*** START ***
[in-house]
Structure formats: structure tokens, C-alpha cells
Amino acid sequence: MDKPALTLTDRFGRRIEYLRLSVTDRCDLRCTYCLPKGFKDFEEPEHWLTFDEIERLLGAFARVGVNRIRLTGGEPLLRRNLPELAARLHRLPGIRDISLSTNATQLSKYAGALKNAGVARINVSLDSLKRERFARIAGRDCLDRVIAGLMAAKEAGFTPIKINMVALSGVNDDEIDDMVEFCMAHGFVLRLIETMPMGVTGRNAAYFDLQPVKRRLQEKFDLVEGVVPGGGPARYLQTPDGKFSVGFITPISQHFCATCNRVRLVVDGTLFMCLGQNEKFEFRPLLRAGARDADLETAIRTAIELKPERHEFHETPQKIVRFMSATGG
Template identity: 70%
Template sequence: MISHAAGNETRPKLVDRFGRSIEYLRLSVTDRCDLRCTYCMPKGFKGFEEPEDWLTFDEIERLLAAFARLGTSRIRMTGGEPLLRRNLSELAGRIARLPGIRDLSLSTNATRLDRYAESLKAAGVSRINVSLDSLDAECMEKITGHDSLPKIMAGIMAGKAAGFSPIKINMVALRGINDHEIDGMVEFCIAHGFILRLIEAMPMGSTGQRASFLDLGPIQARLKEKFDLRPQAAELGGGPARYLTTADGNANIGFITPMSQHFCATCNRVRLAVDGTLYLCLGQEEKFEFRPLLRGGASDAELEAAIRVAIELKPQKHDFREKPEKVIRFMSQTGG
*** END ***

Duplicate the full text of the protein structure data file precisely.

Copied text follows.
[in-house]
Structure formats: structure tokens, C-alpha cells
Amino acid sequence: MDKPALTLTDRFGRRIEYLRLSVTDRCDLRCTYCLPKGFKDFEEPEHWLTFDEIERLLGAFARVGVNRIRLTGGEPLLRRNLPELAARLHRLPGIRDISLSTNATQLSKYAGALKNAGVARINVSLDSLKRERFARIAGRDCLDRVIAGLMAAKEAGFTPIKINMVALSGVNDDEIDDMVEFCMAHGFVLRLIETMPMGVTGRNAAYFDLQPVKRRLQEKFDLVEGVVPGGGPARYLQTPDGKFSVGFITPISQHFCATCNRVRLVVDGTLFMCLGQNEKFEFRPLLRAGARDADLETAIRTAIELKPERHEFHETPQKIVRFMSATGG
Template identity: 70%
Template sequence: MISHAAGNETRPKLVDRFGRSIEYLRLSVTDRCDLRCTYCMPKGFKGFEEPEDWLTFDEIERLLAAFARLGTSRIRMTGGEPLLRRNLSELAGRIARLPGIRDLSLSTNATRLDRYAESLKAAGVSRINVSLDSLDAECMEKITGHDSLPKIMAGIMAGKAAGFSPIKINMVALRGINDHEIDGMVEFCIAHGFILRLIEAMPMGSTGQRASFLDLGPIQARLKEKFDLRPQAAELGGGPARYLTTADGNANIGFITPMSQHFCATCNRVRLAVDGTLYLCLGQEEKFEFRPLLRGGASDAELEAAIRVAIELKPQKHDFREKPEKVIRFMSQTGG